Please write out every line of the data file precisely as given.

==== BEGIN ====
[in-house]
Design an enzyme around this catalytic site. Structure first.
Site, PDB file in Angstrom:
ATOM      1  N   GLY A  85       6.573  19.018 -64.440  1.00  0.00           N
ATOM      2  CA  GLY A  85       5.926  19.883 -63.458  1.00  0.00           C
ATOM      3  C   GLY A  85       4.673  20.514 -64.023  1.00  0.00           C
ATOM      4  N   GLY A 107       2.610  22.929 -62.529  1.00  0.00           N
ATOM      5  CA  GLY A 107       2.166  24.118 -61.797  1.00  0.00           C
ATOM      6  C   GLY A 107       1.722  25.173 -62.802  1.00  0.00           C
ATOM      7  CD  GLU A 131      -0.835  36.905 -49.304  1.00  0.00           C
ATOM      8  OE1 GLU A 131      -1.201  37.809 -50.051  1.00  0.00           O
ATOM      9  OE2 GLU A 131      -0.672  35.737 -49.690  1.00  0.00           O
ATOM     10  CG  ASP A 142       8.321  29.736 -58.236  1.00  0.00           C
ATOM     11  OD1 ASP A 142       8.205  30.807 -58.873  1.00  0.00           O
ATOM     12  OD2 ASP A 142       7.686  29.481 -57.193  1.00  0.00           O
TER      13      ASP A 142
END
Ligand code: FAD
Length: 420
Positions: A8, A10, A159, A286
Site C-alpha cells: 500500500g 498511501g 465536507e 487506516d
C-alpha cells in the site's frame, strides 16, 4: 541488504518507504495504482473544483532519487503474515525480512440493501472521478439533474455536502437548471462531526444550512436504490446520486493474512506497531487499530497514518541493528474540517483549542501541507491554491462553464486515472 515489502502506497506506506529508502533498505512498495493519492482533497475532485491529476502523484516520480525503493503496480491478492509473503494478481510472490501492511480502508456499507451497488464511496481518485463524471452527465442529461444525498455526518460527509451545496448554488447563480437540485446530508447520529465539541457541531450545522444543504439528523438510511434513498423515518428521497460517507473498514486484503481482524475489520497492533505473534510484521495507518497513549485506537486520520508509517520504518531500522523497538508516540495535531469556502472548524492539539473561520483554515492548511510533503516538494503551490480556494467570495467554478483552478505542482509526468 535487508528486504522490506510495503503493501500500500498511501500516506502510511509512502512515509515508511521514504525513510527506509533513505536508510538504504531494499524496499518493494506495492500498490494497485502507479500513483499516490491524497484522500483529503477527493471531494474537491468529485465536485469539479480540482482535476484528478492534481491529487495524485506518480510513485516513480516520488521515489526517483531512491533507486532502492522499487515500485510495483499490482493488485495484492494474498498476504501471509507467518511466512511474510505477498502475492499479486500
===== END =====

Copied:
[in-house]
Design an enzyme around this catalytic site. Structure first.
Site, PDB file in Angstrom:
ATOM      1  N   GLY A  85       6.573  19.018 -64.440  1.00  0.00           N
ATOM      2  CA  GLY A  85       5.926  19.883 -63.458  1.00  0.00           C
ATOM      3  C   GLY A  85       4.673  20.514 -64.023  1.00  0.00           C
ATOM      4  N   GLY A 107       2.610  22.929 -62.529  1.00  0.00           N
ATOM      5  CA  GLY A 107       2.166  24.118 -61.797  1.00  0.00           C
ATOM      6  C   GLY A 107       1.722  25.173 -62.802  1.00  0.00           C
ATOM      7  CD  GLU A 131      -0.835  36.905 -49.304  1.00  0.00           C
ATOM      8  OE1 GLU A 131      -1.201  37.809 -50.051  1.00  0.00           O
ATOM      9  OE2 GLU A 131      -0.672  35.737 -49.690  1.00  0.00           O
ATOM     10  CG  ASP A 142       8.321  29.736 -58.236  1.00  0.00           C
ATOM     11  OD1 ASP A 142       8.205  30.807 -58.873  1.00  0.00           O
ATOM     12  OD2 ASP A 142       7.686  29.481 -57.193  1.00  0.00           O
TER      13      ASP A 142
END
Ligand code: FAD
Length: 420
Positions: A8, A10, A159, A286
Site C-alpha cells: 500500500g 498511501g 465536507e 487506516d
C-alpha cells in the site's frame, strides 16, 4: 541488504518507504495504482473544483532519487503474515525480512440493501472521478439533474455536502437548471462531526444550512436504490446520486493474512506497531487499530497514518541493528474540517483549542501541507491554491462553464486515472 515489502502506497506506506529508502533498505512498495493519492482533497475532485491529476502523484516520480525503493503496480491478492509473503494478481510472490501492511480502508456499507451497488464511496481518485463524471452527465442529461444525498455526518460527509451545496448554488447563480437540485446530508447520529465539541457541531450545522444543504439528523438510511434513498423515518428521497460517507473498514486484503481482524475489520497492533505473534510484521495507518497513549485506537486520520508509517520504518531500522523497538508516540495535531469556502472548524492539539473561520483554515492548511510533503516538494503551490480556494467570495467554478483552478505542482509526468 535487508528486504522490506510495503503493501500500500498511501500516506502510511509512502512515509515508511521514504525513510527506509533513505536508510538504504531494499524496499518493494506495492500498490494497485502507479500513483499516490491524497484522500483529503477527493471531494474537491468529485465536485469539479480540482482535476484528478492534481491529487495524485506518480510513485516513480516520488521515489526517483531512491533507486532502492522499487515500485510495483499490482493488485495484492494474498498476504501471509507467518511466512511474510505477498502475492499479486500